Sometimes, web designers and developers seem like they’re from different planets.
They often speak in different languages. Developers concern themselves with front-end code, back-end code and development patterns, while designers have a track on aesthetic principles and user experience and interaction practices. Their workspaces also look very, very different, we can tell you.
Still, it’s very important for developers to be involved during the design process on any web development project.
That’s not how it’s done everywhere. But at Adage Technologies, we consider it an absolute must. Having a developer involved in the design process for your next project can help you:
Stay realistic about time and cost
If no other factor here jumps out to a business developing a new website or app, this one should – time and money talk.
Web projects – same as home improvement projects and public works projects, most infamously – can quickly run way past deadline and over-budget if reasonable expectations aren’t established from the get-go.
This risk is elevated even further when one company takes on design duties and an entirely different firm is tasked with developing. What’s new, cool and exciting from a user-experience perspective may be expensive, laborious and a pain in the butt when it comes time to actually build a project out.
Having a developer in the room, on a call or in an email chain during the design process effectively inserts a voice of reason into the equation and keeps everyone on the same page.
Get buy-in from the development team
Our developers have great ideas. It’s by far one of Adage Technologies’ best assets.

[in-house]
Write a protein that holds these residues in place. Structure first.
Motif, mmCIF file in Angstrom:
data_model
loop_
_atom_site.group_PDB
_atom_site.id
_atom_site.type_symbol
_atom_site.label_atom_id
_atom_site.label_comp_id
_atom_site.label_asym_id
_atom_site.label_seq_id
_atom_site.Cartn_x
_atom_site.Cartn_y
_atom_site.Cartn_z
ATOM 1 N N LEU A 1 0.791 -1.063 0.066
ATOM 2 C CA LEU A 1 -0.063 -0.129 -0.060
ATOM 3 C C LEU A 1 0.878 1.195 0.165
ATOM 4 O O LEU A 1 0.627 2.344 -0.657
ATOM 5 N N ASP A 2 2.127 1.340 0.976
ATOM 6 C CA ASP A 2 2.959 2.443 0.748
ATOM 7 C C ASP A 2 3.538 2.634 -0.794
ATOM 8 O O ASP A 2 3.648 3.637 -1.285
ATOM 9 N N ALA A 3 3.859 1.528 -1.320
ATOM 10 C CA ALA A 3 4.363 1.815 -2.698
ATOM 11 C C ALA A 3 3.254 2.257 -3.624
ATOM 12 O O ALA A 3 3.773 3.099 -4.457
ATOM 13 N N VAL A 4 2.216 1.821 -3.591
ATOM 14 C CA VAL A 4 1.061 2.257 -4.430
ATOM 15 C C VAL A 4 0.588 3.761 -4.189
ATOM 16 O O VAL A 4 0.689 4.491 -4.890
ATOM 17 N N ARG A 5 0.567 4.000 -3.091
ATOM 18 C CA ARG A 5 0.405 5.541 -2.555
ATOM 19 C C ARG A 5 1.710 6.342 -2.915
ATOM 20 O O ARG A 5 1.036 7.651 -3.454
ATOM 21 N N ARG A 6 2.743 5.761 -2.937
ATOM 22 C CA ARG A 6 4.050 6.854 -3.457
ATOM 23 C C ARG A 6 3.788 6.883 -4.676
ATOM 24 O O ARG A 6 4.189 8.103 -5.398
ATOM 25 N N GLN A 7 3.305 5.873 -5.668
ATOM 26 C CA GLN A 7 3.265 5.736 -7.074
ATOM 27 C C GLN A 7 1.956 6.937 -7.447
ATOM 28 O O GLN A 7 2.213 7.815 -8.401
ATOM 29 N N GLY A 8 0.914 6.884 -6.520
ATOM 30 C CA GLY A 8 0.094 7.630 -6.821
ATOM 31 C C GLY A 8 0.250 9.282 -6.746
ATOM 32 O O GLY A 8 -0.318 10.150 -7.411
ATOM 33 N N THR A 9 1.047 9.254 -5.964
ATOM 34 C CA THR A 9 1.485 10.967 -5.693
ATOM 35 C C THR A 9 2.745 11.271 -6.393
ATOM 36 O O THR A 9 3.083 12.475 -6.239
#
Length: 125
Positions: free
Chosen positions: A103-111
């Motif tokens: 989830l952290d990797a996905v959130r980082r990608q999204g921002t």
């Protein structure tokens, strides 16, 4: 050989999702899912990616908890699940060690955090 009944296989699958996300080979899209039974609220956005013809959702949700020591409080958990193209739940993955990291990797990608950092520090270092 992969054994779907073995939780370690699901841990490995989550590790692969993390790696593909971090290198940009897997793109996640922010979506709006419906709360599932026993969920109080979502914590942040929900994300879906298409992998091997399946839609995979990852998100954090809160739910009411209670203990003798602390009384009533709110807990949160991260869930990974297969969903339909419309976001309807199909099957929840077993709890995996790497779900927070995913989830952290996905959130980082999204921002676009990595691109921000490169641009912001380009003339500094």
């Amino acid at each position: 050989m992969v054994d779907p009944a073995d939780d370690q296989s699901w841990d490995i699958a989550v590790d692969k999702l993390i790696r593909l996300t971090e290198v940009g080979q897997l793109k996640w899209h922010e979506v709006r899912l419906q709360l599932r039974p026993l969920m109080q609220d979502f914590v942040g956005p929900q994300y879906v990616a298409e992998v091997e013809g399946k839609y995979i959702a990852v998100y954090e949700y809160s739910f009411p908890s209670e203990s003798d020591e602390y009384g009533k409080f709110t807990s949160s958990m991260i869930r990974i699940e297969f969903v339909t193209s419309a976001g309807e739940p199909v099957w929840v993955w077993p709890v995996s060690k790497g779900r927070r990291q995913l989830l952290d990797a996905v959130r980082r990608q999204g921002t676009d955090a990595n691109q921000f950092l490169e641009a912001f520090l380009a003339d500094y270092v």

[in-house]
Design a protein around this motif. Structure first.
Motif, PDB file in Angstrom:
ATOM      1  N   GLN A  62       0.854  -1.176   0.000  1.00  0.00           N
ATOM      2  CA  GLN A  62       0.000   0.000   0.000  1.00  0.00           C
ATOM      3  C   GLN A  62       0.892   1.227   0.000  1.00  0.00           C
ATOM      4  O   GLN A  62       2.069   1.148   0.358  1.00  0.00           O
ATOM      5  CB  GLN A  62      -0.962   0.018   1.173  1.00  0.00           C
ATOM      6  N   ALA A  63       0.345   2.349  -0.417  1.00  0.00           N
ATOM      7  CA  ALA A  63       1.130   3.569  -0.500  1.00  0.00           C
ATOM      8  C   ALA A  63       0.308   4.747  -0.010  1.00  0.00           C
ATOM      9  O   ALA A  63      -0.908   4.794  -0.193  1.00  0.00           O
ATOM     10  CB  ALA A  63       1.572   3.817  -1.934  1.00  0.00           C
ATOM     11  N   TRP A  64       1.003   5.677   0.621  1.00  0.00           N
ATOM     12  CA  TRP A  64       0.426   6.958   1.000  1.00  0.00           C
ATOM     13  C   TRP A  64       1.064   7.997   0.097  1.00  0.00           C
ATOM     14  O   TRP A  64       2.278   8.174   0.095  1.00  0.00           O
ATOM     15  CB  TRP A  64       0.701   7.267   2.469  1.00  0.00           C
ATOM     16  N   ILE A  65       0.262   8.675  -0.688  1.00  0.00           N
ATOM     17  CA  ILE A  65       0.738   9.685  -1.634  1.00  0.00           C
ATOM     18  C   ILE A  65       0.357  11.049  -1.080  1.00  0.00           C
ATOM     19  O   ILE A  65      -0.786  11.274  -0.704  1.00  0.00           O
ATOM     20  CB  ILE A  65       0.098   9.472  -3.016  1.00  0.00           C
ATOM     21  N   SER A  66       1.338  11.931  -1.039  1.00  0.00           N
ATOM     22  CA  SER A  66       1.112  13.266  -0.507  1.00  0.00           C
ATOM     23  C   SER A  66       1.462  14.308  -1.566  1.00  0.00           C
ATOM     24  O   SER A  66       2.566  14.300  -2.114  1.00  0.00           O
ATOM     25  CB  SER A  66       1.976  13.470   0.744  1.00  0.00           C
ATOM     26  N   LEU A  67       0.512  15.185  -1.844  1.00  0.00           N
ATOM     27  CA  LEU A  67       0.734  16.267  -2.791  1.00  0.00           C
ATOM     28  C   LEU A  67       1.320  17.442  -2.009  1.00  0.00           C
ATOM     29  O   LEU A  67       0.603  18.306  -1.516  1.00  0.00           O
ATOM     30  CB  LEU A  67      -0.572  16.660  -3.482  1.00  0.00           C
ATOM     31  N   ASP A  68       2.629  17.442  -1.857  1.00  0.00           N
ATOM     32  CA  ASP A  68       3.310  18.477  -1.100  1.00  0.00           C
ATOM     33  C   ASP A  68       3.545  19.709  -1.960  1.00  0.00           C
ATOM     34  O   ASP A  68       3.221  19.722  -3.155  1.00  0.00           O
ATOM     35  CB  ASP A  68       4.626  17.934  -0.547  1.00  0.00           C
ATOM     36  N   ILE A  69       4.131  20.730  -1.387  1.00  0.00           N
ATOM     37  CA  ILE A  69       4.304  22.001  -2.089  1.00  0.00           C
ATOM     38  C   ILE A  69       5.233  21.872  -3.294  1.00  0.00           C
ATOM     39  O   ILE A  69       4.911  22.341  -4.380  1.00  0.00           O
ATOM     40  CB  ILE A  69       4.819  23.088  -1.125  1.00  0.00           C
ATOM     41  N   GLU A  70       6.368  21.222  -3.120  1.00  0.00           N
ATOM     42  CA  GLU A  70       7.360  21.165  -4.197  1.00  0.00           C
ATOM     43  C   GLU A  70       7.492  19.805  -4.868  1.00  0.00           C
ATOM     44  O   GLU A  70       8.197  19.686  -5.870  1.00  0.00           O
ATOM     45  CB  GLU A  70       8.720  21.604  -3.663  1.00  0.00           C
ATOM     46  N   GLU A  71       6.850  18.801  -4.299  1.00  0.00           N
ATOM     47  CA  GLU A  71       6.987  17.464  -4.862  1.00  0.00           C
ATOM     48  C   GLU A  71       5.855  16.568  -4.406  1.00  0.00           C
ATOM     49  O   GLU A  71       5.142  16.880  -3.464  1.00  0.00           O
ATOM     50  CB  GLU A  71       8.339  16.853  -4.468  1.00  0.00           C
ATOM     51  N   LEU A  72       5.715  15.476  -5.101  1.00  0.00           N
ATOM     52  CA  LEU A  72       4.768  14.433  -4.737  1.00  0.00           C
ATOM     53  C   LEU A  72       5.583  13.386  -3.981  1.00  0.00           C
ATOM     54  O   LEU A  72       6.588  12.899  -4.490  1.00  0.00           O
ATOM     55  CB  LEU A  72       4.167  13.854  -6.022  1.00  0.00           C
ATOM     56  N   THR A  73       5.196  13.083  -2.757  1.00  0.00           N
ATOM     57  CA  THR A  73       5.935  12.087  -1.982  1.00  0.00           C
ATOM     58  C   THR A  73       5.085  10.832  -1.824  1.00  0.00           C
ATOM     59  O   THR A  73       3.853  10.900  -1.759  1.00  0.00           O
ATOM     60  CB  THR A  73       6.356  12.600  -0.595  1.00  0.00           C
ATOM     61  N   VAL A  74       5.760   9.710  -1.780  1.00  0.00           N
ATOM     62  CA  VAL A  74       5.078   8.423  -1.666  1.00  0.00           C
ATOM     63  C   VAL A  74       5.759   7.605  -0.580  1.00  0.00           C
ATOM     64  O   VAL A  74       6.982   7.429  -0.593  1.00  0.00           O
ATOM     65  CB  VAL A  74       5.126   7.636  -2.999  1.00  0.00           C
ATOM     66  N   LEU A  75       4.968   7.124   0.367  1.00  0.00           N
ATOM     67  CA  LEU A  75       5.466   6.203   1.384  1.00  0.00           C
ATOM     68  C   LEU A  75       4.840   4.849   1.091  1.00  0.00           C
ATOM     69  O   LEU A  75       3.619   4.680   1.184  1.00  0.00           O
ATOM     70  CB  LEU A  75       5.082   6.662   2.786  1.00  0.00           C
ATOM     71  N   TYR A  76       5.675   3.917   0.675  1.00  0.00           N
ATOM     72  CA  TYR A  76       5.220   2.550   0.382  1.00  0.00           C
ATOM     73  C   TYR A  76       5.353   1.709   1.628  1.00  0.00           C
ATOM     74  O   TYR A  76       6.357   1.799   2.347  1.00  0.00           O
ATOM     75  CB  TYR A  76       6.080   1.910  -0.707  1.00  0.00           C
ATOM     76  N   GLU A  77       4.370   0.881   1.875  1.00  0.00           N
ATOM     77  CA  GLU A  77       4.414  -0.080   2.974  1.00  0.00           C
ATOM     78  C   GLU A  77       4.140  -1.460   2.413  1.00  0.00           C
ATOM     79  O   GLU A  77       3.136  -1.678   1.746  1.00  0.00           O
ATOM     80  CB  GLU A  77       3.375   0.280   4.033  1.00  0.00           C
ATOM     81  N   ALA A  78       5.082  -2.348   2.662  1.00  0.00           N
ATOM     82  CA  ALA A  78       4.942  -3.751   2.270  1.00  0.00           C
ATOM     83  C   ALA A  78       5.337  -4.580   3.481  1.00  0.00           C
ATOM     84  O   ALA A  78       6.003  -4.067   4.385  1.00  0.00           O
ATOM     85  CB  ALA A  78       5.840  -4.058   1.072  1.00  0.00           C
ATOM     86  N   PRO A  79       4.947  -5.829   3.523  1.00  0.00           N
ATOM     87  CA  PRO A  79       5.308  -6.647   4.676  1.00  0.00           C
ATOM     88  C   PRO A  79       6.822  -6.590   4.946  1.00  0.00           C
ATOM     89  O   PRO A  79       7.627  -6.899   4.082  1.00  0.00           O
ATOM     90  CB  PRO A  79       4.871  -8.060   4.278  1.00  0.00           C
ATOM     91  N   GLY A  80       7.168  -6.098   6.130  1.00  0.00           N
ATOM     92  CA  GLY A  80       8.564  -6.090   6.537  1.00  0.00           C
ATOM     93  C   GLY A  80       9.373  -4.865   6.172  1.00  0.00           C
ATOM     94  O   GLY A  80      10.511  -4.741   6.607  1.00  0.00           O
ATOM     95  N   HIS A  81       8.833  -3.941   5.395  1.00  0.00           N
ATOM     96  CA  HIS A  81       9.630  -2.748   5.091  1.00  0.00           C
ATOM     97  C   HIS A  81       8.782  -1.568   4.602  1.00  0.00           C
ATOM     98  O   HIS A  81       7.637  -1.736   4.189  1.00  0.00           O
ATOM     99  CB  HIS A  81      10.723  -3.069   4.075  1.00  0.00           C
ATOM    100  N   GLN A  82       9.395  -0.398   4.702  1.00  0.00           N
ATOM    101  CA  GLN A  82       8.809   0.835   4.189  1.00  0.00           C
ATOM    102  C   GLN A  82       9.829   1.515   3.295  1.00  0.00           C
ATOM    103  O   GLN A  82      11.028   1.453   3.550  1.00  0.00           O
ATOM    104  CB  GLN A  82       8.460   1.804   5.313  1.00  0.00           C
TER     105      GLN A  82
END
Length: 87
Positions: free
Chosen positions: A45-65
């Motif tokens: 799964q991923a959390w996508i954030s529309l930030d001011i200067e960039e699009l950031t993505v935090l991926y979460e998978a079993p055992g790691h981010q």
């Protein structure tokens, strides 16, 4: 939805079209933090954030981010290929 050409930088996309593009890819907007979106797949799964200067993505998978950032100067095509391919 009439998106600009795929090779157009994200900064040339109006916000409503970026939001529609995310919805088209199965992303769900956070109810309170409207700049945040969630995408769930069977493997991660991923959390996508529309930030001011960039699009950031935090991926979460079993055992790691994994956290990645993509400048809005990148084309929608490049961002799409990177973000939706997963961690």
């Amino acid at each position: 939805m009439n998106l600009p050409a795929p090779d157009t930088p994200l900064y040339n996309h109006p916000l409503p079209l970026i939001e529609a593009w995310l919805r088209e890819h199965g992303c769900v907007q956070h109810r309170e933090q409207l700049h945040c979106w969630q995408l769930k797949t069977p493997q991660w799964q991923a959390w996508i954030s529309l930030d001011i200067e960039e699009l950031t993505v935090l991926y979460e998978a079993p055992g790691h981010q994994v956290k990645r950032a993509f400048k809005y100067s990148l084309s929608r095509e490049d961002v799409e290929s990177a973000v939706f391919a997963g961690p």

Hiding developers away until the design process is done doesn’t make much sense, then. We wouldn’t expect great development work if our developers’ first insight into a particular project was wading through a tack of demands and requirements they had little or nothing to do with compiling.
This scenario is very difficult to avoid when different vendors handle the design and development phases of a particular project.
Developers that take ownership of the process and are plugged into the needs of the customer are at a great advantage when it comes to actually building a solution.
Improve the hand-off from design to development
The importance of the project hand-off can’t be overstated.
The transition from design to development, if handled incorrectly, can be one of the biggest pain-points in any project.
When Adage’s developers finally get down to business and start building out the ideas fleshed out in the design phase, they’re already acquainted with the needs and intent of the project. There is very little need for any sort of catch-up, so it doesn’t take long to mobilize the development resources to make the project come to life.
When designers and developers are compartmentalized and kept separate, it can make this step very choppy, sometimes disastrously so.